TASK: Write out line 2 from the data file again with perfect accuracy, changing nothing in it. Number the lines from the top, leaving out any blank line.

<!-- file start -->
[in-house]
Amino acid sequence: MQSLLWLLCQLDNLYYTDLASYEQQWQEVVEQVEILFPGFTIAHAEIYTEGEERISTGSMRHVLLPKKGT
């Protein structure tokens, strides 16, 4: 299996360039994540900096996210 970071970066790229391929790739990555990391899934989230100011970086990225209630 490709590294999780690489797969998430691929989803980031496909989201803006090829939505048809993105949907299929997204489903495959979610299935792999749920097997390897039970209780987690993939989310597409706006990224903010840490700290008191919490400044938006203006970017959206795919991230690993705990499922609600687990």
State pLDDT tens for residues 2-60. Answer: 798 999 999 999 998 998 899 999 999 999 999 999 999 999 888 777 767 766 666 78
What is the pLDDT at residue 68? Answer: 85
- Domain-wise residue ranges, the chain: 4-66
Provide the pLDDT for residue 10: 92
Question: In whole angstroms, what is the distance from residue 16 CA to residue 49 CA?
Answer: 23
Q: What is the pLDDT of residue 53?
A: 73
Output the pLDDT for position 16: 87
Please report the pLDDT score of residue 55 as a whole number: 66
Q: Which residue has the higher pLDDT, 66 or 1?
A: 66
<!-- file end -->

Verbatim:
Amino acid sequence: MQSLLWLLCQLDNLYYTDLASYEQQWQEVVEQVEILFPGFTIAHAEIYTEGEERISTGSMRHVLLPKKGT